Belgrade, Serbia, November 4, 2016—IFC,
a member of the World Bank Group, will advise the city of Belgrade on ways
to improve the energy efficiency of public buildings in the Serbian capital,
helping to make social housing, hospitals, and schools better places to
live and work.
Under Belgrade’s Smart City strategy, IFC
will use various strategies and tools such as energy audits to identify
opportunities related to buildings, district heating, street lighting,
and other urban infrastructure. IFC will also help create a plan for phasing
in investments and improvements.
“The city of Belgrade is deeply committed
to solving environmental and energy-efficiency-related problems,” said
Belgrade Mayor Sinisa Mali. “Working with IFC will ensure that we are
implementing the best possible solutions that will benefit the citizens
of Belgrade while also serving as an example for other cities in Serbia
and the region.”
IFC already advises the city of Belgrade
on structuring and implementing public private partnerships to improve
waste management and wastewater treatment as part of IFC’s Cities Initiative.
The initiative helps municipalities, utilities, and companies collaborate
on pressing infrastructure needs. IFC has invested about $10 billion in
city-related projects and managed $260 million in municipal advisory projects
in recent years, spanning more than 60 countries.
“Cities generate more than 70 percent of
the world’s greenhouse gas emissions, which makes sustainable urban infrastructure
a powerful tool against climate change,” said Nena Stoiljkovic, IFC Vice
President for Global Client Services. “Investments in energy efficiency
and green buildings also make smart business, and we will be identifying
potential financing structures with banks for financing new or upgraded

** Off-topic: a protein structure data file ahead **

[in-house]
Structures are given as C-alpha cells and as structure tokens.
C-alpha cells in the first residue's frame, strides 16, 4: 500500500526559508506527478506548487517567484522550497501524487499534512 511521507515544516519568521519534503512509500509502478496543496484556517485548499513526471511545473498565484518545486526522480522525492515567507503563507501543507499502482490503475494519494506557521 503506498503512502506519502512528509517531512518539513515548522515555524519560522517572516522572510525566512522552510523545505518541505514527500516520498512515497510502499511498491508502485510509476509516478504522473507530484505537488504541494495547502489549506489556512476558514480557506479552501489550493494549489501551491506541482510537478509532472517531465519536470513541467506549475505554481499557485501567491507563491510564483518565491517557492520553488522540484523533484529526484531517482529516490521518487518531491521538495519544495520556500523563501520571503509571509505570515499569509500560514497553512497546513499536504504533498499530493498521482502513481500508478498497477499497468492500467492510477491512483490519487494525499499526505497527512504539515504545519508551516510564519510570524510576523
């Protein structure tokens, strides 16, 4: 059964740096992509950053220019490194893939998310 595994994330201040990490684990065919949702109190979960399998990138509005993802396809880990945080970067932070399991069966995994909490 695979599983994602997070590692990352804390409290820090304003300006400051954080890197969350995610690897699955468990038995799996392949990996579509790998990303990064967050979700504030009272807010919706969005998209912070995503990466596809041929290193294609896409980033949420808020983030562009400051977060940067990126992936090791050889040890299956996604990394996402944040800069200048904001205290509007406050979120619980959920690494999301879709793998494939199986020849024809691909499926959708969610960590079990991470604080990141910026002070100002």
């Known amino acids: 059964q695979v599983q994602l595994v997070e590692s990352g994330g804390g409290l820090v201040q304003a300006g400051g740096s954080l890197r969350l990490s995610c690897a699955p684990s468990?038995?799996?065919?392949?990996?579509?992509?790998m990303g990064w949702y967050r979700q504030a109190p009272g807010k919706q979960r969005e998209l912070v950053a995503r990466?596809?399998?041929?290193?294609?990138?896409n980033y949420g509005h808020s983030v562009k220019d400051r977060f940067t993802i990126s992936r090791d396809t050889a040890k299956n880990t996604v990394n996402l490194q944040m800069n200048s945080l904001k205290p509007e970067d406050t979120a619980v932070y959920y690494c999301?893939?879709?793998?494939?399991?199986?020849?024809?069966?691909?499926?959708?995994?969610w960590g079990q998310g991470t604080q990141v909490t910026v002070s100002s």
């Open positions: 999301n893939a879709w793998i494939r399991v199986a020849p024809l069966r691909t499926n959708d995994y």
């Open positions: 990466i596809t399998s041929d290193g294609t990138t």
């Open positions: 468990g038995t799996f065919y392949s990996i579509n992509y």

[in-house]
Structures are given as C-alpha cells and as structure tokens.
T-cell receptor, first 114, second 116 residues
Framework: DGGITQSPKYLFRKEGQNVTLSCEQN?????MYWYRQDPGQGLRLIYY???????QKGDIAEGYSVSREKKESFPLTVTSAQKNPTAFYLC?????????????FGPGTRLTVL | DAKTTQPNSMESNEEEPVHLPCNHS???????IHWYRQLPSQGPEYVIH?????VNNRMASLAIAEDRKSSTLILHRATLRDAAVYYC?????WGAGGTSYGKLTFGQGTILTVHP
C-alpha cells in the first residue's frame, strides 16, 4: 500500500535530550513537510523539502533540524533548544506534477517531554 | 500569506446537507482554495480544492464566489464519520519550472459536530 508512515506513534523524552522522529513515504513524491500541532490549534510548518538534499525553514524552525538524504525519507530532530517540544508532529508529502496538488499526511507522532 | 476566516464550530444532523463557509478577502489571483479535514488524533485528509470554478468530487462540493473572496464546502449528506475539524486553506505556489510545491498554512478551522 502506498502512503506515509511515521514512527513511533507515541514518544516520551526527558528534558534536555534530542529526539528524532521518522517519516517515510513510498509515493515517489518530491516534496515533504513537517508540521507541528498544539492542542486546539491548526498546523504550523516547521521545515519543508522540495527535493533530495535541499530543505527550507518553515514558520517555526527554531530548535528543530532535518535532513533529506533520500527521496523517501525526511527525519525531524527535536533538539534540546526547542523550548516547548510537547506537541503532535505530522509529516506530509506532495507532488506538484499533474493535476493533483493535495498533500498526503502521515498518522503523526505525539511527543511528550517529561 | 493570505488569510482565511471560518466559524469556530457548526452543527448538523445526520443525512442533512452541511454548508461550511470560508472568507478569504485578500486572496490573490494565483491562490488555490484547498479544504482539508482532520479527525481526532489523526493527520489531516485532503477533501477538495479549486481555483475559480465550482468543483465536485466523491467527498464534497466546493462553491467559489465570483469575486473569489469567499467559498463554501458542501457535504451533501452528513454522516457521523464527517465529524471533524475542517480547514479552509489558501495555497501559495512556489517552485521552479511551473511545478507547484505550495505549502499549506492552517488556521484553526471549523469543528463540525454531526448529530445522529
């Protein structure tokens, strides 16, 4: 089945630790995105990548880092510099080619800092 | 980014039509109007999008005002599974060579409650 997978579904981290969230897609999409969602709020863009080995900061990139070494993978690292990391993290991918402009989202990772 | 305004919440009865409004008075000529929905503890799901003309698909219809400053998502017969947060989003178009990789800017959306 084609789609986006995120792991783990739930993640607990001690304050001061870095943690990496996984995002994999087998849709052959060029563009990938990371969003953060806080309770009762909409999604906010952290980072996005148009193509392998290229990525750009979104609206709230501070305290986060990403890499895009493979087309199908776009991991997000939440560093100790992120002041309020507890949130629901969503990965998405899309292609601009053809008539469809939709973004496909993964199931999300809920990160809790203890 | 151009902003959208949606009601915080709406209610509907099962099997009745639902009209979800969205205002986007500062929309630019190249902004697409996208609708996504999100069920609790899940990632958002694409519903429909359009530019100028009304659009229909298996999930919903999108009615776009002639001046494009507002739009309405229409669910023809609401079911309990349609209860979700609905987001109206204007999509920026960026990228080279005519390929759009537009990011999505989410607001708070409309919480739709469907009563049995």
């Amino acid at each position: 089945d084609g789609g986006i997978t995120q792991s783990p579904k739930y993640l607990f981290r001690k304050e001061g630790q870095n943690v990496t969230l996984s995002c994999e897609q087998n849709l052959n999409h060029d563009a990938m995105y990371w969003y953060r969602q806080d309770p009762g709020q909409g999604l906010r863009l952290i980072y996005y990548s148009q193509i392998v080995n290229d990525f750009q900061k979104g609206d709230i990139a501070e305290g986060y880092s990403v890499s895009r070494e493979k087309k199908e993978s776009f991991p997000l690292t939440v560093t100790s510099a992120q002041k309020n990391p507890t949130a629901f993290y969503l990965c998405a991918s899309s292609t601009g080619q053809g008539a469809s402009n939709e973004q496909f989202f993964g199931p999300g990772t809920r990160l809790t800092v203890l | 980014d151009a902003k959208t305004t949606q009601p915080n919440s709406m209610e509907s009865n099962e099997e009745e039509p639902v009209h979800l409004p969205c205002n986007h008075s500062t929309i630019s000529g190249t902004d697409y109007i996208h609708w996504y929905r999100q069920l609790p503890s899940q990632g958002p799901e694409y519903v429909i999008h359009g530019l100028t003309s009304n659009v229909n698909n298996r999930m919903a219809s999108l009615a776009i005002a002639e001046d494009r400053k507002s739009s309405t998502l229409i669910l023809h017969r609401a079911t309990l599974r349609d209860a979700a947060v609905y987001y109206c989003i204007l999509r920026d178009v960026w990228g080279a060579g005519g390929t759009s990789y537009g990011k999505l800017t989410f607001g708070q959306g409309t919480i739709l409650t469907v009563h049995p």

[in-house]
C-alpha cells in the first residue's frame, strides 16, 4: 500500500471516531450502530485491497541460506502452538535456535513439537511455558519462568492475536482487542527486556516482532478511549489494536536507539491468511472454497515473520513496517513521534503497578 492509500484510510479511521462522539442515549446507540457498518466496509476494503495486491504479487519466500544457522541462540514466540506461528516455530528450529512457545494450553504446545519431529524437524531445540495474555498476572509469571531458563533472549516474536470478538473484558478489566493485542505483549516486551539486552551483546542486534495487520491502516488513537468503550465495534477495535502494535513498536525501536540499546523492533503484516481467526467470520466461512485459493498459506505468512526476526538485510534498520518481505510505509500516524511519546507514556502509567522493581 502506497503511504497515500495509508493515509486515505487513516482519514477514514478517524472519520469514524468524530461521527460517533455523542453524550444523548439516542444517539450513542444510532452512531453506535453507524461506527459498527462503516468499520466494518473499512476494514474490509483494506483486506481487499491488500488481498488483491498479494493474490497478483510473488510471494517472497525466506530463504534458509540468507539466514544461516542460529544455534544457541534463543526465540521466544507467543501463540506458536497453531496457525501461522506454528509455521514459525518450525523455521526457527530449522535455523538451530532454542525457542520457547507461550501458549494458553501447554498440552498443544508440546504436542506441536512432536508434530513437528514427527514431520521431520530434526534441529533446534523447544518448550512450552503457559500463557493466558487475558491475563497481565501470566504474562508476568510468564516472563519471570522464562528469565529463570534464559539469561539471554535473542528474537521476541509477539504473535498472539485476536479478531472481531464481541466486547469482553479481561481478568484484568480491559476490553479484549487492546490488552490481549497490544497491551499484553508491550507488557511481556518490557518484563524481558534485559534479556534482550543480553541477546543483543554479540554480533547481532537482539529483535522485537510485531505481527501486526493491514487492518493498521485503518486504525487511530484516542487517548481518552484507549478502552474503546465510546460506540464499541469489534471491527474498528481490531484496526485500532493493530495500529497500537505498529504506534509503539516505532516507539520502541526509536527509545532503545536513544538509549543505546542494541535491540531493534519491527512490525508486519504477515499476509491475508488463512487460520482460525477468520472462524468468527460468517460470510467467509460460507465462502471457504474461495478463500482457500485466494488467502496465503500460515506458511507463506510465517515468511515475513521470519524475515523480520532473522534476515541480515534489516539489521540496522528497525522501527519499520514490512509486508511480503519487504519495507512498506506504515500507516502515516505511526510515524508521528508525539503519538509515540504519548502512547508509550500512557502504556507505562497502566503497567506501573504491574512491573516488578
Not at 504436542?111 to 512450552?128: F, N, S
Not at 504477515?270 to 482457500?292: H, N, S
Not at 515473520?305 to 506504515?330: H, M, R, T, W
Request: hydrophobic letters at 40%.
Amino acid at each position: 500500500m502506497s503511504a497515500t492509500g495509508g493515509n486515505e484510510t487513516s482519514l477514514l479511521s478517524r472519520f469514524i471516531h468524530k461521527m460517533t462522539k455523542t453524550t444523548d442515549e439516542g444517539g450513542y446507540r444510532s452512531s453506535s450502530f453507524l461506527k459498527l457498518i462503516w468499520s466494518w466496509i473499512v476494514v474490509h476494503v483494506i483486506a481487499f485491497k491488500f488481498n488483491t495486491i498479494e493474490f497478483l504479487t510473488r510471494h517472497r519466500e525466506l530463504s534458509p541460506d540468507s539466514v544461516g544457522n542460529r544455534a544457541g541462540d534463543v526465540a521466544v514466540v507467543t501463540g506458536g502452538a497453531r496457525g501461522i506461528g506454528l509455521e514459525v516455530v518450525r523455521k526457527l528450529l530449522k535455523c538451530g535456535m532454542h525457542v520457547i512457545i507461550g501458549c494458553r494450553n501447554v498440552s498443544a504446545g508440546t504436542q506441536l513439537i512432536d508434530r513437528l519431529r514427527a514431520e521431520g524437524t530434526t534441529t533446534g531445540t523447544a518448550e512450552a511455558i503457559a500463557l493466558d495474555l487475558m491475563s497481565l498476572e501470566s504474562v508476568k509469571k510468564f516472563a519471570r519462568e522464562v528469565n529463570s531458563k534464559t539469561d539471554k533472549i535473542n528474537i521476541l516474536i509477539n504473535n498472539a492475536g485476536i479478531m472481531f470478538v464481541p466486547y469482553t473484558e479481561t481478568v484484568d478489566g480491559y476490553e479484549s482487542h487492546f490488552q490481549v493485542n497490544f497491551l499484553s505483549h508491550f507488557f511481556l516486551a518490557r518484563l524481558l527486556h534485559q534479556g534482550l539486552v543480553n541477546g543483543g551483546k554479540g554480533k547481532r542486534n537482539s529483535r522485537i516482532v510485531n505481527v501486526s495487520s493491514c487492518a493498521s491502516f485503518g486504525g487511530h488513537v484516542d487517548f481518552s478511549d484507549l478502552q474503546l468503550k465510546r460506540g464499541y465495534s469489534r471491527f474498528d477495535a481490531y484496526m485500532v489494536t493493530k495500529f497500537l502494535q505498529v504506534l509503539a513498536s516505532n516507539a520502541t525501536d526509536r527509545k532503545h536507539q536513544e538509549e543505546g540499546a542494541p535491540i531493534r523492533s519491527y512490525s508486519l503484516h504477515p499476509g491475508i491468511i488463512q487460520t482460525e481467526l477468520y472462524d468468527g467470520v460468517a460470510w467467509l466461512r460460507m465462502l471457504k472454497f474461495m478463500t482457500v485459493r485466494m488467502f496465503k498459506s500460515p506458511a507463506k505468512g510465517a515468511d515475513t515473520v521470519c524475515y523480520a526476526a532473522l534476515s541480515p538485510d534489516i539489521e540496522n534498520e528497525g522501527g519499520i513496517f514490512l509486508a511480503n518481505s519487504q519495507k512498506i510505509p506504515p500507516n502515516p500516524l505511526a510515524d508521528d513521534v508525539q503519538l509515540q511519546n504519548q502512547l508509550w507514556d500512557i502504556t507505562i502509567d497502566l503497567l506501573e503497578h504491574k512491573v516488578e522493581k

Serbia became a shareholder and member of
IFC in 2001. Since then, IFC's long-term investments in Serbia have totaled
$2.1 billion, including $795 million mobilized from its partners, in 52
projects across a variety of sectors. In addition, IFC has supported trade
flows of $175 million through its trade finance program. Its committed
investment portfolio in Serbia as of 30 June 2016 was $285 million. In
fiscal year 2016, IFC invested $69 million in Serbia.
IFC’s priorities in Serbia include agribusiness,
climate change, and improvements in the investment climate. IFC is also
focusing its investment services on increasing access to finance by supporting
the development of local financial institutions, especially those that
concentrate on SMEs. IFC’s advisory services aim to improve the investment
climate and the performance of private sector companies, and to attract
private sector participation in the development of infrastructure projects.
IFC, a member of the World Bank Group, is
the largest global development institution focused on the private sector
in emerging markets. Working with 2,000 businesses worldwide, we use our
six decades of experience to create opportunity where it’s needed most.
In FY16, our long-term investments in developing countries rose to nearly
$19 billion, leveraging our capital, expertise and influence to help the
private sector end extreme poverty and boost shared prosperity. For more
information, visit www.ifc.org